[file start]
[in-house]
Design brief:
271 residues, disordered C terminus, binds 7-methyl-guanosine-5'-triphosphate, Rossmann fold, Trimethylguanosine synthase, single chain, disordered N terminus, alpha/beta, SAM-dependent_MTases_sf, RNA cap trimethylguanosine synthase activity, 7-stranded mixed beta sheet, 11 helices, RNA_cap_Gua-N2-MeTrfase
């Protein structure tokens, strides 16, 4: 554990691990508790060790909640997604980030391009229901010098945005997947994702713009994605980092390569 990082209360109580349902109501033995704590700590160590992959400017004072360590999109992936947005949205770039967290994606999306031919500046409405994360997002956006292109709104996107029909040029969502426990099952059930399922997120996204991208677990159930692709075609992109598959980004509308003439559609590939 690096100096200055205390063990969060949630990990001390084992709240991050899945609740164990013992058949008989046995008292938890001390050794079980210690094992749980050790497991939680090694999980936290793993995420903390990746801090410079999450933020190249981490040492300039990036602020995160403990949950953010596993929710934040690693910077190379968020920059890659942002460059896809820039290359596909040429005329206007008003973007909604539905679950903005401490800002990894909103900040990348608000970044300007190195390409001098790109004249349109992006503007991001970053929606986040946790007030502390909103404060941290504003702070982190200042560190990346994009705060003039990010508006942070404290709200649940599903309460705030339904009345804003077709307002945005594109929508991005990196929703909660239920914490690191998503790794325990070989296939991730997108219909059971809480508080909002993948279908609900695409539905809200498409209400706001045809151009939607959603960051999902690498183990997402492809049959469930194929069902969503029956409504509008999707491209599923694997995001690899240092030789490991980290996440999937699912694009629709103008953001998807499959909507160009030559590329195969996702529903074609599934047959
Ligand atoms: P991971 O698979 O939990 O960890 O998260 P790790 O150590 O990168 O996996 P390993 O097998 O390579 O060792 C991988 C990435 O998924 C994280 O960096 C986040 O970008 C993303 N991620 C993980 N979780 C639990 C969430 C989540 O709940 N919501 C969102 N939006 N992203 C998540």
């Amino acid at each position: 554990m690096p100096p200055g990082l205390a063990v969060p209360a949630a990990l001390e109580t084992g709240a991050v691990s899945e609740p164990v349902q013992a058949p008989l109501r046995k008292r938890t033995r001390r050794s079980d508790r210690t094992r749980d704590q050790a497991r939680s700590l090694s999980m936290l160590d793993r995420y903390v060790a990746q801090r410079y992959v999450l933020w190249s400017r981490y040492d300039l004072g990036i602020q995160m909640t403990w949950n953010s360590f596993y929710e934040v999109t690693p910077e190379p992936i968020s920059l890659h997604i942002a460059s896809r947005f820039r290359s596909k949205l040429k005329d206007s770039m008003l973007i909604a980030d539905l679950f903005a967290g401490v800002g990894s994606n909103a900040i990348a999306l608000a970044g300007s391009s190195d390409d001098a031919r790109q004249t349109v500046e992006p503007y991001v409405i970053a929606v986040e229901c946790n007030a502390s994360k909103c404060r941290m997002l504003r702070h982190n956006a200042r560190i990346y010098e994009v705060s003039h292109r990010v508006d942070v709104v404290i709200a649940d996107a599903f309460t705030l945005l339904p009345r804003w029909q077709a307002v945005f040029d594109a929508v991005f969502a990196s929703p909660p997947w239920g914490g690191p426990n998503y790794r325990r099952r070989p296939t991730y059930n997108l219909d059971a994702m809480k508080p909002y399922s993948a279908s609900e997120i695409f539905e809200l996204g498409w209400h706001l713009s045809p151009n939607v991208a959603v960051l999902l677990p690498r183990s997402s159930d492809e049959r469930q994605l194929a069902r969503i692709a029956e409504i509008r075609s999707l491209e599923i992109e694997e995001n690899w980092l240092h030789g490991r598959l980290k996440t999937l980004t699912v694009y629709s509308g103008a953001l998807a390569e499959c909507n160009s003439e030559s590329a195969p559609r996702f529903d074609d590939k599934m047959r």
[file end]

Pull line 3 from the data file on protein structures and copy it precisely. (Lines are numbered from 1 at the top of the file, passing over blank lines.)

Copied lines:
271 residues, disordered C terminus, binds 7-methyl-guanosine-5'-triphosphate, Rossmann fold, Trimethylguanosine synthase, single chain, disordered N terminus, alpha/beta, SAM-dependent_MTases_sf, RNA cap trimethylguanosine synthase activity, 7-stranded mixed beta sheet, 11 helices, RNA_cap_Gua-N2-MeTrfase